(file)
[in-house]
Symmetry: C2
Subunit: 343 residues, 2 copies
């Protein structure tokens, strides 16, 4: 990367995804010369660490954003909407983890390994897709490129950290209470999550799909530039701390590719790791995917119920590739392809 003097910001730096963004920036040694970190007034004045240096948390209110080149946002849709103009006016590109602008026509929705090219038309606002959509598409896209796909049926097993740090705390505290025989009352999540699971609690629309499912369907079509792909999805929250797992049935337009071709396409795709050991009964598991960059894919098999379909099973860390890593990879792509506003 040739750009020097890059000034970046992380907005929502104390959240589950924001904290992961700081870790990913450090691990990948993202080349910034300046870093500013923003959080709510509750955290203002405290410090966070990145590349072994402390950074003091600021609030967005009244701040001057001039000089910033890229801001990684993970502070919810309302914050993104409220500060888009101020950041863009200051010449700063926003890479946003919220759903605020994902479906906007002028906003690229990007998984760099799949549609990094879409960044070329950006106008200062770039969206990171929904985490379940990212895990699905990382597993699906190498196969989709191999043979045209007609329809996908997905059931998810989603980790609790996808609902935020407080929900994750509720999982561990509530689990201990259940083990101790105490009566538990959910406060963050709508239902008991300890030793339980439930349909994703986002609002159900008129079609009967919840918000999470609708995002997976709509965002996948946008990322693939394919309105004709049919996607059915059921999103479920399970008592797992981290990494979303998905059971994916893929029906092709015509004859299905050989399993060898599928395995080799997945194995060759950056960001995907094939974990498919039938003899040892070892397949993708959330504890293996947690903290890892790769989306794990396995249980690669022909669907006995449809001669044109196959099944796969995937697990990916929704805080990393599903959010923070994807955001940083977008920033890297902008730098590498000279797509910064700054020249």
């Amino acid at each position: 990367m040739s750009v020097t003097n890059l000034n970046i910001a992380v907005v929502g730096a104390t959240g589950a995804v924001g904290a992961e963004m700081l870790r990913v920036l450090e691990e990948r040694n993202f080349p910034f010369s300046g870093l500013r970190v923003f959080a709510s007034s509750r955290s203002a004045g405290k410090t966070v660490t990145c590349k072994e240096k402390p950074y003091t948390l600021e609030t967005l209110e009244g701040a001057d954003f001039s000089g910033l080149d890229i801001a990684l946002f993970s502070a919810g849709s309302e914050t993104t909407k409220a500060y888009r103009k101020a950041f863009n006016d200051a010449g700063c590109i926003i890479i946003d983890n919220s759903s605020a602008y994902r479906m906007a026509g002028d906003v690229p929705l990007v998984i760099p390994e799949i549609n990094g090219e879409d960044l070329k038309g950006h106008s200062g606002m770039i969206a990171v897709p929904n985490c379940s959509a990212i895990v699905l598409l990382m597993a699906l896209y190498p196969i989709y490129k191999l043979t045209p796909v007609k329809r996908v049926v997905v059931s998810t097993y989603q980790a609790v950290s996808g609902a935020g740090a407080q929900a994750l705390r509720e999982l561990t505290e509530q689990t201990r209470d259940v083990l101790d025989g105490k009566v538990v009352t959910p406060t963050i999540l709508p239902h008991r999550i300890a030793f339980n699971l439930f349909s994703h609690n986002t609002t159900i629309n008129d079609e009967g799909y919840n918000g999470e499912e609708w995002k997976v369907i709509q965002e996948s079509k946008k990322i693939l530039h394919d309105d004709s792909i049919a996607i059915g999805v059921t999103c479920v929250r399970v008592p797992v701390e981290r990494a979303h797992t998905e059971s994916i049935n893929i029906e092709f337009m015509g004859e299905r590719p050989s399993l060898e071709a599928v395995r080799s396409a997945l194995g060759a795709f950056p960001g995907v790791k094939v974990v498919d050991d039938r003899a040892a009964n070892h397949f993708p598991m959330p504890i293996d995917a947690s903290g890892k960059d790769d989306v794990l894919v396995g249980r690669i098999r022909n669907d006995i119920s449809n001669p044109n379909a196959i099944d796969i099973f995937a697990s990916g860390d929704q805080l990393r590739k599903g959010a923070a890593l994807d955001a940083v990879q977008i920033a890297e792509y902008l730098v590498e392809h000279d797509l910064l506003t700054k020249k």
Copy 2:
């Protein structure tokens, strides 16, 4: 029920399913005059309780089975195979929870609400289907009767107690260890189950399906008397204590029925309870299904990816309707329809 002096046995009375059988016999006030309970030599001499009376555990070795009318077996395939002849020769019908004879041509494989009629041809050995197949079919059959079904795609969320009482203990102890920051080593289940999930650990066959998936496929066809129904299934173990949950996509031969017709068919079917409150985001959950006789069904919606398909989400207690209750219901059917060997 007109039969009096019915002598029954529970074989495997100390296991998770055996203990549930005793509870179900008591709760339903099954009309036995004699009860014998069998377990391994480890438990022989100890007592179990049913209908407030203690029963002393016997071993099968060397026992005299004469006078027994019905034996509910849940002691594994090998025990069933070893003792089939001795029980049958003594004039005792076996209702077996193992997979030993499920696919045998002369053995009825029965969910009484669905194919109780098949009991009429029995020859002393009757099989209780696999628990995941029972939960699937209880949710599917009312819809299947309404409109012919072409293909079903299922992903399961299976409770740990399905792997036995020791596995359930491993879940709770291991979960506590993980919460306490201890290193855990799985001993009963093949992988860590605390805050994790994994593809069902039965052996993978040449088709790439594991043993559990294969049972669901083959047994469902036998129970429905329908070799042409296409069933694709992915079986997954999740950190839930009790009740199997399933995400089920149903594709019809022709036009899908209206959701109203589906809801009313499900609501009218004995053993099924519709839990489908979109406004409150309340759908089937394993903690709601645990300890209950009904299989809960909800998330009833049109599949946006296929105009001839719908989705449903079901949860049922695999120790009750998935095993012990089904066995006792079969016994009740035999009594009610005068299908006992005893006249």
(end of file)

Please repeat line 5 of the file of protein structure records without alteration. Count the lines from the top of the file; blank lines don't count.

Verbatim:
């Amino acid at each position: 990367m040739s750009v020097t003097n890059l000034n970046i910001a992380v907005v929502g730096a104390t959240g589950a995804v924001g904290a992961e963004m700081l870790r990913v920036l450090e691990e990948r040694n993202f080349p910034f010369s300046g870093l500013r970190v923003f959080a709510s007034s509750r955290s203002a004045g405290k410090t966070v660490t990145c590349k072994e240096k402390p950074y003091t948390l600021e609030t967005l209110e009244g701040a001057d954003f001039s000089g910033l080149d890229i801001a990684l946002f993970s502070a919810g849709s309302e914050t993104t909407k409220a500060y888009r103009k101020a950041f863009n006016d200051a010449g700063c590109i926003i890479i946003d983890n919220s759903s605020a602008y994902r479906m906007a026509g002028d906003v690229p929705l990007v998984i760099p390994e799949i549609n990094g090219e879409d960044l070329k038309g950006h106008s200062g606002m770039i969206a990171v897709p929904n985490c379940s959509a990212i895990v699905l598409l990382m597993a699906l896209y190498p196969i989709y490129k191999l043979t045209p796909v007609k329809r996908v049926v997905v059931s998810t097993y989603q980790a609790v950290s996808g609902a935020g740090a407080q929900a994750l705390r509720e999982l561990t505290e509530q689990t201990r209470d259940v083990l101790d025989g105490k009566v538990v009352t959910p406060t963050i999540l709508p239902h008991r999550i300890a030793f339980n699971l439930f349909s994703h609690n986002t609002t159900i629309n008129d079609e009967g799909y919840n918000g999470e499912e609708w995002k997976v369907i709509q965002e996948s079509k946008k990322i693939l530039h394919d309105d004709s792909i049919a996607i059915g999805v059921t999103c479920v929250r399970v008592p797992v701390e981290r990494a979303h797992t998905e059971s994916i049935n893929i029906e092709f337009m015509g004859e299905r590719p050989s399993l060898e071709a599928v395995r080799s396409a997945l194995g060759a795709f950056p960001g995907v790791k094939v974990v498919d050991d039938r003899a040892a009964n070892h397949f993708p598991m959330p504890i293996d995917a947690s903290g890892k960059d790769d989306v794990l894919v396995g249980r690669i098999r022909n669907d006995i119920s449809n001669p044109n379909a196959i099944d796969i099973f995937a697990s990916g860390d929704q805080l990393r590739k599903g959010a923070a890593l994807d955001a940083v990879q977008i920033a890297e792509y902008l730098v590498e392809h000279d797509l910064l506003t700054k020249k």